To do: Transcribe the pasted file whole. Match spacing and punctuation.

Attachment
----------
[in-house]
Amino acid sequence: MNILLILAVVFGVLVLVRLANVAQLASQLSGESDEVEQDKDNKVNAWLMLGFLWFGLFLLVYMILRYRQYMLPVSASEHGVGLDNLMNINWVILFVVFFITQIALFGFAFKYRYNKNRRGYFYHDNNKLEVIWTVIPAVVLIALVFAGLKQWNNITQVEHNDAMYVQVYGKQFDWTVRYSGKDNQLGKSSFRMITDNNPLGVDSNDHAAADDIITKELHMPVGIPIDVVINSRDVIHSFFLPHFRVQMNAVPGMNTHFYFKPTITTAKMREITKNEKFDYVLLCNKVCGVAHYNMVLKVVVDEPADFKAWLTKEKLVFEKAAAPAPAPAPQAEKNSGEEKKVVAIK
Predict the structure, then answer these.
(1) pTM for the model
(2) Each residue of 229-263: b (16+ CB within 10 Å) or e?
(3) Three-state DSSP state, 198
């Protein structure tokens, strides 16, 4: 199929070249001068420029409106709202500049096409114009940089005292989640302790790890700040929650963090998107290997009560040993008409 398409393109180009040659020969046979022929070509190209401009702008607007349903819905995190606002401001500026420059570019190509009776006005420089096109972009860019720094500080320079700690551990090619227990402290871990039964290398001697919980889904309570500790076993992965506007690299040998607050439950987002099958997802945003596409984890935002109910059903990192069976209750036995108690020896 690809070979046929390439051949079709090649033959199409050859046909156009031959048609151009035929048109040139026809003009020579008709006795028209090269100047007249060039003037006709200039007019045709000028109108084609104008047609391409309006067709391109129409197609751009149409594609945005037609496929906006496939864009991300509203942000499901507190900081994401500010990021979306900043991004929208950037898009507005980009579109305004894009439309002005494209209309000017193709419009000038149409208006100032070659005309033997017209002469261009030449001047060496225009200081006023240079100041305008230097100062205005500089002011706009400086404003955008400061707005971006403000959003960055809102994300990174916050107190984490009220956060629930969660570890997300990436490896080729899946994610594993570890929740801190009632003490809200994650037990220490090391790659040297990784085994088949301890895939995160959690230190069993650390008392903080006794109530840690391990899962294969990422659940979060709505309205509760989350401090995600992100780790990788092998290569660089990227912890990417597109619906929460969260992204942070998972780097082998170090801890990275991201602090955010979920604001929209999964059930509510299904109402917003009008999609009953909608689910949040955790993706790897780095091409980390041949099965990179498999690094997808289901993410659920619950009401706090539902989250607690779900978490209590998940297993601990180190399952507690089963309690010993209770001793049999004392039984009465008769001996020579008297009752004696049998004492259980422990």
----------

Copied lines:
[in-house]
Amino acid sequence: MNILLILAVVFGVLVLVRLANVAQLASQLSGESDEVEQDKDNKVNAWLMLGFLWFGLFLLVYMILRYRQYMLPVSASEHGVGLDNLMNINWVILFVVFFITQIALFGFAFKYRYNKNRRGYFYHDNNKLEVIWTVIPAVVLIALVFAGLKQWNNITQVEHNDAMYVQVYGKQFDWTVRYSGKDNQLGKSSFRMITDNNPLGVDSNDHAAADDIITKELHMPVGIPIDVVINSRDVIHSFFLPHFRVQMNAVPGMNTHFYFKPTITTAKMREITKNEKFDYVLLCNKVCGVAHYNMVLKVVVDEPADFKAWLTKEKLVFEKAAAPAPAPAPQAEKNSGEEKKVVAIK
Predict the structure, then answer these.
(1) pTM for the model
(2) Each residue of 229-263: b (16+ CB within 10 Å) or e?
(3) Three-state DSSP state, 198
């Protein structure tokens, strides 16, 4: 199929070249001068420029409106709202500049096409114009940089005292989640302790790890700040929650963090998107290997009560040993008409 398409393109180009040659020969046979022929070509190209401009702008607007349903819905995190606002401001500026420059570019190509009776006005420089096109972009860019720094500080320079700690551990090619227990402290871990039964290398001697919980889904309570500790076993992965506007690299040998607050439950987002099958997802945003596409984890935002109910059903990192069976209750036995108690020896 690809070979046929390439051949079709090649033959199409050859046909156009031959048609151009035929048109040139026809003009020579008709006795028209090269100047007249060039003037006709200039007019045709000028109108084609104008047609391409309006067709391109129409197609751009149409594609945005037609496929906006496939864009991300509203942000499901507190900081994401500010990021979306900043991004929208950037898009507005980009579109305004894009439309002005494209209309000017193709419009000038149409208006100032070659005309033997017209002469261009030449001047060496225009200081006023240079100041305008230097100062205005500089002011706009400086404003955008400061707005971006403000959003960055809102994300990174916050107190984490009220956060629930969660570890997300990436490896080729899946994610594993570890929740801190009632003490809200994650037990220490090391790659040297990784085994088949301890895939995160959690230190069993650390008392903080006794109530840690391990899962294969990422659940979060709505309205509760989350401090995600992100780790990788092998290569660089990227912890990417597109619906929460969260992204942070998972780097082998170090801890990275991201602090955010979920604001929209999964059930509510299904109402917003009008999609009953909608689910949040955790993706790897780095091409980390041949099965990179498999690094997808289901993410659920619950009401706090539902989250607690779900978490209590998940297993601990180190399952507690089963309690010993209770001793049999004392039984009465008769001996020579008297009752004696049998004492259980422990």